Meet Renaldo. He was always busy with jobs and he had happy customers and a top-notch reputation in the community so why couldn’t he pay himself a salary?

Running a successful business isn’t about how busy you are as an owner; it’s about managing your finances effectively.

Despite having a reputation for success, many small business owners struggle with one common challenge: paying themselves a fair & consistent salary.

Business owners often overlook key financial metrics, leading to uncertainty about their monthly finances. Focusing solely on profitability without understanding which jobs are most profitable can be detrimental. This oversight can result in business owners inadvertently becoming their lowest-paid employees, mirroring Renaldo’s situation.

It’s crucial to account for costs related to labor, materials, equipment purchases, payroll planning, and other overheads. This ensures that there’s enough money in the bank at the end of the month, preventing potential financial shortfalls.

How do you move your business from life support to financially healthy, and pay yourself?

  1. Labor Costs: How much are you spending on people? This is one of the largest expenses for most businesses and it’s important to factor in both wages and benefits in your calculations. Once your number is calculated, it needs to be measured over time. Compare this month’s costs to last month, and the same month last year.
     
    Another important metric is the industry standard. A labor cost benchmark for some service industries is 20%. This means that for every $100 in sales, $20 or less should be spent on labor.
  1. Material Costs: Now that you know your labor costs, next you want to calculate how much you’re spending on materials (if this applies to your business). Material costs include the money you spend on items needed to make your product or provide your service. Once you have the numbers, you need to measure them against both your business and industry standards.
     
    It is also important to look at how purchasing new equipment, and how equipment expenses impact the business. Calculate these numbers as well. If the projected cash coming into the business from the use of the new equipment is greater than the cost of the payment for the equipment, then you can afford the purchase.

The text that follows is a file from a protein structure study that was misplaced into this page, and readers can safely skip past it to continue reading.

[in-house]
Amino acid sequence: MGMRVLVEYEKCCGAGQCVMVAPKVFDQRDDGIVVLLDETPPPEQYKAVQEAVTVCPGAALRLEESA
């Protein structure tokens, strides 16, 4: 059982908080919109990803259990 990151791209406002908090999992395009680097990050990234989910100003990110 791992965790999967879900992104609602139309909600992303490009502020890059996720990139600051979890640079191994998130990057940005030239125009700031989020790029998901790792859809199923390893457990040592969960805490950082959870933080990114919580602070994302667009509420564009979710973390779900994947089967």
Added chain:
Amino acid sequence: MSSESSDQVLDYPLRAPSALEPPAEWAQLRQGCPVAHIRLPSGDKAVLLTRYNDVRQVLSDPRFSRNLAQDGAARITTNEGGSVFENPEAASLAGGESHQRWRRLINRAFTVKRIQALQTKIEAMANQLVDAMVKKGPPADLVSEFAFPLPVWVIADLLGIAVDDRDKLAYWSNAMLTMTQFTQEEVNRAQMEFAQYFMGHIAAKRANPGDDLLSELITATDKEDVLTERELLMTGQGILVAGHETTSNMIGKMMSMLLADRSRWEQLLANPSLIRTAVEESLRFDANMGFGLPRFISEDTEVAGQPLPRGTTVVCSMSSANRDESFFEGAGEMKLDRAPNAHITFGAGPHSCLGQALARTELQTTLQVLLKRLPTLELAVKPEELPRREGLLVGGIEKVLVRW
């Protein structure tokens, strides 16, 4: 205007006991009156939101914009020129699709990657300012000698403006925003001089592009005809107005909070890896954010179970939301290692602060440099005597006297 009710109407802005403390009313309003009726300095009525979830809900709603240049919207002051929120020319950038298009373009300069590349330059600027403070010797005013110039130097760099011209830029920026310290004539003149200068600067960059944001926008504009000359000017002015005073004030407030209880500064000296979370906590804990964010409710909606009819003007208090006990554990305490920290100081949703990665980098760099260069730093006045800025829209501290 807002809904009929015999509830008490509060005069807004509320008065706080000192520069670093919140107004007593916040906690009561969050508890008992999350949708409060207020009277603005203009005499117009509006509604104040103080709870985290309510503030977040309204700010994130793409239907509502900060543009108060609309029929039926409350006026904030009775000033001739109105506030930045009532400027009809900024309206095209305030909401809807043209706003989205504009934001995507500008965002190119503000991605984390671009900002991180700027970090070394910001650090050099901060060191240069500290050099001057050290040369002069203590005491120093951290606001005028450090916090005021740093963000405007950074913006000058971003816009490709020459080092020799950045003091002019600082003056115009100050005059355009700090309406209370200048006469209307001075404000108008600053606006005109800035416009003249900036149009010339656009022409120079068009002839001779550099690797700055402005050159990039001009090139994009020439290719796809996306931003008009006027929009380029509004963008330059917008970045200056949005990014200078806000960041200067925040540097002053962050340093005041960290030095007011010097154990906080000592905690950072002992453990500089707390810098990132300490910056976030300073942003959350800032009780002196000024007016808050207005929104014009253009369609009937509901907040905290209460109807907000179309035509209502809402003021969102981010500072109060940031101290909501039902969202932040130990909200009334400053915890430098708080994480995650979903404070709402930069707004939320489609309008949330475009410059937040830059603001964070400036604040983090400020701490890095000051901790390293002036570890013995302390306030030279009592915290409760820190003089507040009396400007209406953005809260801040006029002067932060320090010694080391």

It is a good idea to finance the equipment over a period of time based on the projected life of the equipment. So, if the life of the equipment is 2 years, finance for less than 24 months. By doing so, you are using someone else’s money to build your business.
  1. Payroll Planning: Is there money in the bank to cover payroll?  Like many Americans, many business owners are living paycheck to paycheck. It doesn’t have to be that way in your company, but it does take some planning.
     
    Look at the money coming into the business. Where is it coming from? Is it enough? Are there any areas of the business that could be bringing in cash, but aren’t? Are your prices and margins too low? Changes to the business, even small ones can put more money in the bank and end those payday fears once and for all.
  1. Analyze Job Profitability: Was the job profitable? This is one of the most ignored questions that can keep a business in a never-ending race to keep getting the next job just to pay the bills.
     
    When you complete a job take a look at how much money you made or lost as a result. Were your costs more or less than what you charged? If the costs are higher than the price charged, you need to understand why. Can you reduce costs? Should you increase your price? By understanding profitability job by job, an owner can adjust costs and seek out jobs that are more profitable.

Understanding and managing key financial metrics is essential for the success of any business. By learning from Renaldo’s experience and implementing sound financial practices, you can ensure the long-term health and prosperity of your business.

As an expert in your field, you know that expertise and experience are valuable. You don’t want a homeowner messing around with his plumbing or his roof, so don’t try to handle the expenses and financial side of the business on your own. By doing so, you’re putting your business and employees at financial risk.

Instead, why not get off the money roller-coaster once and for all? Reach out to TurboExecs to schedule a free financial health check-up today.
 
 

Your CPA Shouldn’t Be Your CFO!

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